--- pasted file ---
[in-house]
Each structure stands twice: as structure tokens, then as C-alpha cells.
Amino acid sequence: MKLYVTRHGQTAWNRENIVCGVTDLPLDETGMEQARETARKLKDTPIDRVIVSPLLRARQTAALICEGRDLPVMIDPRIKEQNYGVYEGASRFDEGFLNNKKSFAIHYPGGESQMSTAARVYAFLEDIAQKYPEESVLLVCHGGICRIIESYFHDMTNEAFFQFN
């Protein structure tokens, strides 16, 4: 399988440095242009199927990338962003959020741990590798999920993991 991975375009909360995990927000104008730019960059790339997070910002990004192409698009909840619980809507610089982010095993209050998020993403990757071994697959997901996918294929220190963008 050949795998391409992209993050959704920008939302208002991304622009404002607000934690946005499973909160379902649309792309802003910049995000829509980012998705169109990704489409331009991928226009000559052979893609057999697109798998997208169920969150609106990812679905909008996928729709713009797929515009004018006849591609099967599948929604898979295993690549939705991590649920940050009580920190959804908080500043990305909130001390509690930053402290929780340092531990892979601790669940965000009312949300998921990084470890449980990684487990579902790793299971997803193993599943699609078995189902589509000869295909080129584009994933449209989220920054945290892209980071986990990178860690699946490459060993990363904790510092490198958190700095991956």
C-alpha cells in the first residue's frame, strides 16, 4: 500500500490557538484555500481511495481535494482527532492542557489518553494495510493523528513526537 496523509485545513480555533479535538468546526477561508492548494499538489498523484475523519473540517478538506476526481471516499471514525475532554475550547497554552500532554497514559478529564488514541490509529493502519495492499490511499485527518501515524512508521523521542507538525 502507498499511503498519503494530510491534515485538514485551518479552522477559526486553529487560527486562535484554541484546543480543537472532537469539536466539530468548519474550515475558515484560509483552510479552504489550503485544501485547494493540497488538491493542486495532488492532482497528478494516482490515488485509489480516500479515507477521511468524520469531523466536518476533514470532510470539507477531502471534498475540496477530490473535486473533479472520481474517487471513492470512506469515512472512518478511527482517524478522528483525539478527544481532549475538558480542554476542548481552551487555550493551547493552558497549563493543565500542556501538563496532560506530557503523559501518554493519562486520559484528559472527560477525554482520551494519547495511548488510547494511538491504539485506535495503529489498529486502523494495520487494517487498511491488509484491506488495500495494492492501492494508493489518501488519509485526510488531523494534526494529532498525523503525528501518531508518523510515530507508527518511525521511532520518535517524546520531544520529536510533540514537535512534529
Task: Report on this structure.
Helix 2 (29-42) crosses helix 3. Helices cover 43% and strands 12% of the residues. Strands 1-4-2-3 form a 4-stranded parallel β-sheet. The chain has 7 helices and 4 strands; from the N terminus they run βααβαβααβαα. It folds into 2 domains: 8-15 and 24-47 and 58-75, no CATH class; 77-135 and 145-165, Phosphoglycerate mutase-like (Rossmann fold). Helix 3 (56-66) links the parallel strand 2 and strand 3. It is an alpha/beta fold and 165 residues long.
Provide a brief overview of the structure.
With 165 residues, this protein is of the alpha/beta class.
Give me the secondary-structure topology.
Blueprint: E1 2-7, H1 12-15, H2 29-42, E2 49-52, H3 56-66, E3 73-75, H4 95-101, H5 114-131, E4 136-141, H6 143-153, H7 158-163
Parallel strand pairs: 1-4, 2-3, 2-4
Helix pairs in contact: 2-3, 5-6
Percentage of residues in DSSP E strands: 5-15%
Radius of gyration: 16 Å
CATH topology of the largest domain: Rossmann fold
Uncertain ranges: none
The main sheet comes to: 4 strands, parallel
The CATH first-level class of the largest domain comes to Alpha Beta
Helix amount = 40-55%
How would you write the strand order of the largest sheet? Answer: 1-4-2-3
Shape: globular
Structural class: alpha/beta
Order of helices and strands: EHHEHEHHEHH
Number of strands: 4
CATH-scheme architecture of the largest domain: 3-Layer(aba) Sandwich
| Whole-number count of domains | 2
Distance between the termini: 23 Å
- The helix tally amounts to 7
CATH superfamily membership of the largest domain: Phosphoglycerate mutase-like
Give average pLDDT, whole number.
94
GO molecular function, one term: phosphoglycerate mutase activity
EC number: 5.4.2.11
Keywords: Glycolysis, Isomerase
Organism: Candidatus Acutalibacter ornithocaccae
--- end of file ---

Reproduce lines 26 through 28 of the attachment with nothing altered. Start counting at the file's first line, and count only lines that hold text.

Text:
CATH-scheme architecture of the largest domain: 3-Layer(aba) Sandwich
| Whole-number count of domains | 2
Distance between the termini: 23 Å